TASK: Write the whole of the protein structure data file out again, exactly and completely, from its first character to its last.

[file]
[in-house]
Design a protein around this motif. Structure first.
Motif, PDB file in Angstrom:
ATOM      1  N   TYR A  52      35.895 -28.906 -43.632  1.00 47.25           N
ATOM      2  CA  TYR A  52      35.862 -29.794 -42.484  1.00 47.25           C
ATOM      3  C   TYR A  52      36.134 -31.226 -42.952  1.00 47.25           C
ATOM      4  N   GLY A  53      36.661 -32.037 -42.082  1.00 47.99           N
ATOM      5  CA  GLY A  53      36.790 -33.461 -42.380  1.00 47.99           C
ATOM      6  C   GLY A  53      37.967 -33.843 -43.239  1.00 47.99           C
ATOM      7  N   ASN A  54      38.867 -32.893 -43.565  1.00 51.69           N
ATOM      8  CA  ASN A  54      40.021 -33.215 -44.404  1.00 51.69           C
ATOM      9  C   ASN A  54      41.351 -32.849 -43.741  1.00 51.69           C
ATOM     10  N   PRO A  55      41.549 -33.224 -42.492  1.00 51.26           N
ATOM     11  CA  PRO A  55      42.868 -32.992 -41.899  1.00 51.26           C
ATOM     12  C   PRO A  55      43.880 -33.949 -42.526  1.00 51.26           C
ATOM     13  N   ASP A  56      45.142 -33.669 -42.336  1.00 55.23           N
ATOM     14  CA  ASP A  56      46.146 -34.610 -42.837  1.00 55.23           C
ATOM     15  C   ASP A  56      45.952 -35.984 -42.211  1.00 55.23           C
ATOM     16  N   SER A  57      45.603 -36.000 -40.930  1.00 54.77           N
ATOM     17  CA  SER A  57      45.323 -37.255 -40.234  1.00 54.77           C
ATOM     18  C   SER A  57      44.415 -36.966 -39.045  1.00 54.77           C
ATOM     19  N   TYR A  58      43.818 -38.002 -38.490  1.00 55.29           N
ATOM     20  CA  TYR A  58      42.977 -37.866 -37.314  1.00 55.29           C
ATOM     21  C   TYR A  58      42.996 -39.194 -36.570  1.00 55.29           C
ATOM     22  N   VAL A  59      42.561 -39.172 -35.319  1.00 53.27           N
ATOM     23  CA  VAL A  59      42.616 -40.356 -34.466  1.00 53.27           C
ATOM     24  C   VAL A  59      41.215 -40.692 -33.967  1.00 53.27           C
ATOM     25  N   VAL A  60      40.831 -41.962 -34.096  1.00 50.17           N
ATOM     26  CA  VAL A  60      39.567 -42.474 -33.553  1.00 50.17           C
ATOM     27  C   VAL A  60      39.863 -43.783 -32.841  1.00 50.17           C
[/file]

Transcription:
[in-house]
Design a protein around this motif. Structure first.
Motif, PDB file in Angstrom:
ATOM      1  N   TYR A  52      35.895 -28.906 -43.632  1.00 47.25           N
ATOM      2  CA  TYR A  52      35.862 -29.794 -42.484  1.00 47.25           C
ATOM      3  C   TYR A  52      36.134 -31.226 -42.952  1.00 47.25           C
ATOM      4  N   GLY A  53      36.661 -32.037 -42.082  1.00 47.99           N
ATOM      5  CA  GLY A  53      36.790 -33.461 -42.380  1.00 47.99           C
ATOM      6  C   GLY A  53      37.967 -33.843 -43.239  1.00 47.99           C
ATOM      7  N   ASN A  54      38.867 -32.893 -43.565  1.00 51.69           N
ATOM      8  CA  ASN A  54      40.021 -33.215 -44.404  1.00 51.69           C
ATOM      9  C   ASN A  54      41.351 -32.849 -43.741  1.00 51.69           C
ATOM     10  N   PRO A  55      41.549 -33.224 -42.492  1.00 51.26           N
ATOM     11  CA  PRO A  55      42.868 -32.992 -41.899  1.00 51.26           C
ATOM     12  C   PRO A  55      43.880 -33.949 -42.526  1.00 51.26           C
ATOM     13  N   ASP A  56      45.142 -33.669 -42.336  1.00 55.23           N
ATOM     14  CA  ASP A  56      46.146 -34.610 -42.837  1.00 55.23           C
ATOM     15  C   ASP A  56      45.952 -35.984 -42.211  1.00 55.23           C
ATOM     16  N   SER A  57      45.603 -36.000 -40.930  1.00 54.77           N
ATOM     17  CA  SER A  57      45.323 -37.255 -40.234  1.00 54.77           C
ATOM     18  C   SER A  57      44.415 -36.966 -39.045  1.00 54.77           C
ATOM     19  N   TYR A  58      43.818 -38.002 -38.490  1.00 55.29           N
ATOM     20  CA  TYR A  58      42.977 -37.866 -37.314  1.00 55.29           C
ATOM     21  C   TYR A  58      42.996 -39.194 -36.570  1.00 55.29           C
ATOM     22  N   VAL A  59      42.561 -39.172 -35.319  1.00 53.27           N
ATOM     23  CA  VAL A  59      42.616 -40.356 -34.466  1.00 53.27           C
ATOM     24  C   VAL A  59      41.215 -40.692 -33.967  1.00 53.27           C
ATOM     25  N   VAL A  60      40.831 -41.962 -34.096  1.00 50.17           N
ATOM     26  CA  VAL A  60      39.567 -42.474 -33.553  1.00 50.17           C
ATOM     27  C   VAL A  60      39.863 -43.783 -32.841  1.00 50.17           C